Viruses are triggers for around 90% of people with asthma which basically means that if you have asthma and catch the flu virus your asthma may get worse. So is there anything you can do to help protect your health in flu season?
Tackle your asthma first
"Our advice is to take your asthma medicines as prescribed, regularly and in the correct way. Consult your health care professional to check that you are using the correct technique for taking your inhaler medication," says Dr Samantha Walker Executive Director, Research & Policy at Asthma UK.
"This is the best way to make sure your asthma is as well controlled as possible, so that you are less likely to react when exposed to the flu virus," says Debby Waddell, lead clinical advisor for Asthma UK.
"Being prepared in case you do get flu and your asthma gets worse is also crucial,’ says Debby. ‘Make sure you know how to manage your asthma if your symptoms do get worse by using an asthma action plan, with step-by-step instructions. Download one here and ask your GP or nurse to fill it in with you."
"Research has shown that you are four times more likely to be admitted to hospital if you don’t have an action plan," says Dr Samantha Walker.
Cut your risk of catching flu
"You can reduce your chance of getting infected with flu," says Debby. Flu spreads quickly from person to person through droplets in the air or by physical contact with an infected person or by touching an infected surface and then touching your mouth or eyes.
On average it takes two to three days for the symptoms to start once you have been infected.
- You’ll get a sudden fever (high temperature), chills, headache, muscle aches and feel extremely tired.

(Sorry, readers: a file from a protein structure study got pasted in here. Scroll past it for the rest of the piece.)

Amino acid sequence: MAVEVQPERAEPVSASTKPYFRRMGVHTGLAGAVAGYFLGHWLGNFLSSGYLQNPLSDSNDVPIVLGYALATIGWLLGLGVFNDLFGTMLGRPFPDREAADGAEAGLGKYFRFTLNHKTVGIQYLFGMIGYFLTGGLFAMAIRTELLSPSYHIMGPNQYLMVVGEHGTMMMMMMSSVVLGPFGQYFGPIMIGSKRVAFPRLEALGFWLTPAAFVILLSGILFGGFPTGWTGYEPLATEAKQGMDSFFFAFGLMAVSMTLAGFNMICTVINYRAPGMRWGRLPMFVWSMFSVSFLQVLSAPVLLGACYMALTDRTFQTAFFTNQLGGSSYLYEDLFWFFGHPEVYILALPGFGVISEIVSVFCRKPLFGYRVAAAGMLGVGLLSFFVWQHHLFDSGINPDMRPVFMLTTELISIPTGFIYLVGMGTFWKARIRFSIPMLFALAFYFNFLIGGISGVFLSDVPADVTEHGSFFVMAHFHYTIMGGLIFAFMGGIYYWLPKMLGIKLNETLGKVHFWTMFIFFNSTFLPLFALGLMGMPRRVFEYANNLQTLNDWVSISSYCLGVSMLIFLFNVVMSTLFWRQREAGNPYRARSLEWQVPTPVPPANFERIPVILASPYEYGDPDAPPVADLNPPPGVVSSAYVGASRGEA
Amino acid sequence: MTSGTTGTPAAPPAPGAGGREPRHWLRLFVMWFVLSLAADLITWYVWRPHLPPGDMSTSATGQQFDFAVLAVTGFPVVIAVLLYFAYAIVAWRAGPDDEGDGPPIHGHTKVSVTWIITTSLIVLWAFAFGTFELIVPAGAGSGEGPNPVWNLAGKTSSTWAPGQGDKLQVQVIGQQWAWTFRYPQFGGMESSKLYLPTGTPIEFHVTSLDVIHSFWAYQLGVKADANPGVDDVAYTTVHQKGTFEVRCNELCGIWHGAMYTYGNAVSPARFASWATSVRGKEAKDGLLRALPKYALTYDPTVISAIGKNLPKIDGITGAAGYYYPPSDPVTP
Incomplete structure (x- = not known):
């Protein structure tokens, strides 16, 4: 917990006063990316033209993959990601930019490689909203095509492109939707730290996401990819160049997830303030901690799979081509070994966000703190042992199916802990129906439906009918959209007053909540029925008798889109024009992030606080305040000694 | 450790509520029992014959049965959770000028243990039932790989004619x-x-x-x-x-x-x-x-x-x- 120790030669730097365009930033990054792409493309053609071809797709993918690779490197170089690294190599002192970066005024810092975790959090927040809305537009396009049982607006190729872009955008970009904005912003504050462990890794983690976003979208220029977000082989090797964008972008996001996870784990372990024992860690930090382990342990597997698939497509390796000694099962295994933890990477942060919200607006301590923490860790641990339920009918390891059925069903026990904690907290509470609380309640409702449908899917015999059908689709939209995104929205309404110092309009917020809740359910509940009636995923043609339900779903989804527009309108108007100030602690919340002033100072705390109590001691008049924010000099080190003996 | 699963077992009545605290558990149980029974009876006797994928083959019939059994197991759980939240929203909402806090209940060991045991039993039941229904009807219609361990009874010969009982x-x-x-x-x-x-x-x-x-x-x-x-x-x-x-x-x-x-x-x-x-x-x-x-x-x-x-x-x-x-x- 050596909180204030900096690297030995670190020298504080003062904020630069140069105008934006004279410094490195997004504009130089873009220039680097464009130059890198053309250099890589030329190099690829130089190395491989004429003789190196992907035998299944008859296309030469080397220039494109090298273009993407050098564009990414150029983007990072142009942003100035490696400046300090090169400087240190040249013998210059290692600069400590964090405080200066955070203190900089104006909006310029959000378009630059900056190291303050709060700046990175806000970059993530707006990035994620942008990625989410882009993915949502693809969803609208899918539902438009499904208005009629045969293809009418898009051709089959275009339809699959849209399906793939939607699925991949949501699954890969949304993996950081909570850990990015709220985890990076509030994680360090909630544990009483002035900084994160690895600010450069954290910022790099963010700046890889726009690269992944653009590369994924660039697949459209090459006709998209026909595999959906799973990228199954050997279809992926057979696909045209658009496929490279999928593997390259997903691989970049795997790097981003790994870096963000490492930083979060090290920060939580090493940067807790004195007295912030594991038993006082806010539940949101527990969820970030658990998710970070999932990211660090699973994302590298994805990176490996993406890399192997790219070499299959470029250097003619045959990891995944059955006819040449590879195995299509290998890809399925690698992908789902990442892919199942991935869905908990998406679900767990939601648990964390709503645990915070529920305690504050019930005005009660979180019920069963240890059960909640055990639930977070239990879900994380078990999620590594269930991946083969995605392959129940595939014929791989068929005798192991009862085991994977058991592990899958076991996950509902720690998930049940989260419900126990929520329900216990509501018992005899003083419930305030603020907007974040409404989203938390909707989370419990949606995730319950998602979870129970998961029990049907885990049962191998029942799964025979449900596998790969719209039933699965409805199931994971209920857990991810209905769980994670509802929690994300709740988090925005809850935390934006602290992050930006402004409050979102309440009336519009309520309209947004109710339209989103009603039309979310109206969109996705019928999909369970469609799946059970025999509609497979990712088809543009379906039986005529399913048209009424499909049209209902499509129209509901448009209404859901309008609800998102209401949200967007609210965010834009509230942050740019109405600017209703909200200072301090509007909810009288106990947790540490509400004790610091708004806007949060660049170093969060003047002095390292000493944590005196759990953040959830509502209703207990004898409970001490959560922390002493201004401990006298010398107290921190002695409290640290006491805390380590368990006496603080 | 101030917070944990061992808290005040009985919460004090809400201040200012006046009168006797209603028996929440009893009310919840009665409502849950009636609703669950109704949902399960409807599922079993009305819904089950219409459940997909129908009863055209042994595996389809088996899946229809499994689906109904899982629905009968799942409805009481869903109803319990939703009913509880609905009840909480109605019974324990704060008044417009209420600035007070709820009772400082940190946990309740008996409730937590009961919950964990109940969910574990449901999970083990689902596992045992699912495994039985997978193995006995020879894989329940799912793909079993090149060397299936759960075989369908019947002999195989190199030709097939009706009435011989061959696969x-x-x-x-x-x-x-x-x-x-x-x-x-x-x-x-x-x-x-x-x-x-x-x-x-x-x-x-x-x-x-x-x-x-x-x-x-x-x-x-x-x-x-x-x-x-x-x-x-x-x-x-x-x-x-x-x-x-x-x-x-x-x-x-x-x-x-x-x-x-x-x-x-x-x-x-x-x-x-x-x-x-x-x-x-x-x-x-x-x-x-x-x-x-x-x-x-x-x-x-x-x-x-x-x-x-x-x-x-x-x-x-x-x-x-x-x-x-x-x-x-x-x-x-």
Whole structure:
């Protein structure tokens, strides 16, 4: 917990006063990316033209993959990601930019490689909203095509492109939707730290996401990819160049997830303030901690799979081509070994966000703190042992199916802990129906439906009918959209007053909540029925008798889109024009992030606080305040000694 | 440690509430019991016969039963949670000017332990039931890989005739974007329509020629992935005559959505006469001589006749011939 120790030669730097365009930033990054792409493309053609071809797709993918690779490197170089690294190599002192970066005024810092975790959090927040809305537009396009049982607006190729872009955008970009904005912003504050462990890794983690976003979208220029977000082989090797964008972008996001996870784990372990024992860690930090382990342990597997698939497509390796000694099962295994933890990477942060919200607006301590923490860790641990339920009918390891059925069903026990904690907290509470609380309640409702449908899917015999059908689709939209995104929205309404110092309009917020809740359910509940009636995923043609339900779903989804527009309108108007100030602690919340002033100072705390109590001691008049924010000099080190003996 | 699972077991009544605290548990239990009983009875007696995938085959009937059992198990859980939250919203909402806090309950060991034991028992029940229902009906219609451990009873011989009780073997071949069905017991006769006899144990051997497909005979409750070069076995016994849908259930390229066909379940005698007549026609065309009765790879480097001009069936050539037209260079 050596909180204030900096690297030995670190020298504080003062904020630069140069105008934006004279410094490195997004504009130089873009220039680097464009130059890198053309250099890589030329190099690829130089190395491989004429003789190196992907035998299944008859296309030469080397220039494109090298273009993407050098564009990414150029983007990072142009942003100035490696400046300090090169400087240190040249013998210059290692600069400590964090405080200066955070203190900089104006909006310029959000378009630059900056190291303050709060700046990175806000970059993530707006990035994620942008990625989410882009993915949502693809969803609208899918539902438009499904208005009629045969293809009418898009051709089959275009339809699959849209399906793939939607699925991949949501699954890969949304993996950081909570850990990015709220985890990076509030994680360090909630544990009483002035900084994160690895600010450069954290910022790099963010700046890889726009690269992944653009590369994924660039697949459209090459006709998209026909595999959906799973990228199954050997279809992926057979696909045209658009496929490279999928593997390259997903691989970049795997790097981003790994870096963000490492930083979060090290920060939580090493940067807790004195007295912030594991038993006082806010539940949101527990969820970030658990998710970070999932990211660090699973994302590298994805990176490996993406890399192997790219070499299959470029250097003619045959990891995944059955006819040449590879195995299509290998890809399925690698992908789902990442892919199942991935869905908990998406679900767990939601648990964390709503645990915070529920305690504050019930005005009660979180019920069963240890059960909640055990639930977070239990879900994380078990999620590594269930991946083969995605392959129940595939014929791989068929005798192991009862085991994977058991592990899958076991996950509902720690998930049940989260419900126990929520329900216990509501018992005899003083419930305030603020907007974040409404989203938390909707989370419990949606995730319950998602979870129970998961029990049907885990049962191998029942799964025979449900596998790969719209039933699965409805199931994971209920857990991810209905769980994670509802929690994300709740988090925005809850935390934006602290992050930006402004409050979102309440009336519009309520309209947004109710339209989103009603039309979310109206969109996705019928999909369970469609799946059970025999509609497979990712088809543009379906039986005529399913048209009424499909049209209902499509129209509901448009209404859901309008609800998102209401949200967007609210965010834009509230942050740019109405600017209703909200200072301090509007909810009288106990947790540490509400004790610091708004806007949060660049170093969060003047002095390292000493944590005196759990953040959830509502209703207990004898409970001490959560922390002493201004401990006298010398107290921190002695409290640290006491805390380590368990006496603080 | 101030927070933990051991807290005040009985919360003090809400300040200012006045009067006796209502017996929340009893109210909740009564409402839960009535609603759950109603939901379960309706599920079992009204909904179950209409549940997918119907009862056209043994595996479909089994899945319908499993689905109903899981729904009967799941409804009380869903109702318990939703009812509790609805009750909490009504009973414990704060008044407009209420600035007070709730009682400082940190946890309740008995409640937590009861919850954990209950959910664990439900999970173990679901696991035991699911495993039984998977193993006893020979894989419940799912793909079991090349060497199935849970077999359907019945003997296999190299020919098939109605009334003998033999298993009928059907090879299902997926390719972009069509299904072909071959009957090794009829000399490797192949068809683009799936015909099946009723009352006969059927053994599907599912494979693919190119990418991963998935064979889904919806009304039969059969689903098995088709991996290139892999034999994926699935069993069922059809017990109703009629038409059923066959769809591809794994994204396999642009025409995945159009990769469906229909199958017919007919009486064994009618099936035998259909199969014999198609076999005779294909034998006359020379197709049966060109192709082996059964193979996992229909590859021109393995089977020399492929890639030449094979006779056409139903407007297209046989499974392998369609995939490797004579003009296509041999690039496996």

- You may get a dry cough, sore throat and stuffy nose
- Young children may get vomiting and diarrhoea
Simple DIY flu protection
"There are things we can do that may reduce your chance of being infected with the flu virus, or passing the virus on to others if you have it." says Debby.
Is the flu vaccine right for you?
- Cover your nose and mouth with tissue when you cough or sneeze, throw away the issue and wash hands thoroughly
- Wash your hands regularly with soap and water
- Regularly clean hard surfaces such as your phone, keyboard and door handles (where the virus can survive)
- Eating a healthy, varied diet and getting enough sleep to keep your immune system in good shape
The flu vaccine is designed to protect people against the specific flu viruses that are expected to be around in the UK this winter. It doesn’t protect you against ALL flu viruses. People eligible for the flu vaccine should have it as soon as possible sometime between September and early November. So should everyone with asthma have the flu vaccine?
"No," says Dr Samantha Walker. ‘Having reviewed the latest research, Asthma UK believes that public health advice is right, and only some people with asthma need the vaccine."
Your GP/asthma nurse will advise you on whether you, or your child, need the vaccine or not. You or any children over six months old may be eligible if:
Debby Waddell, Lead Clinical Advisor for Asthma UK, says: "Speak to your GP or asthma nurse to see if you are somebody who should have the flu jab. Asthma is a complex condition and affects everyone differently. If you’re eligible, make an appointment to have your flu jab as soon as possible before the virus begins to circulate."
- you’re continuously (all the time) or repeatedly on steroid preventer inhalers or steroid tablets
- you’ve had to go into hospital because of an asthma attack
- you have other conditions or risk factors that mean you should have one (see the NHS criteria here)
Last updated: 10 October 2014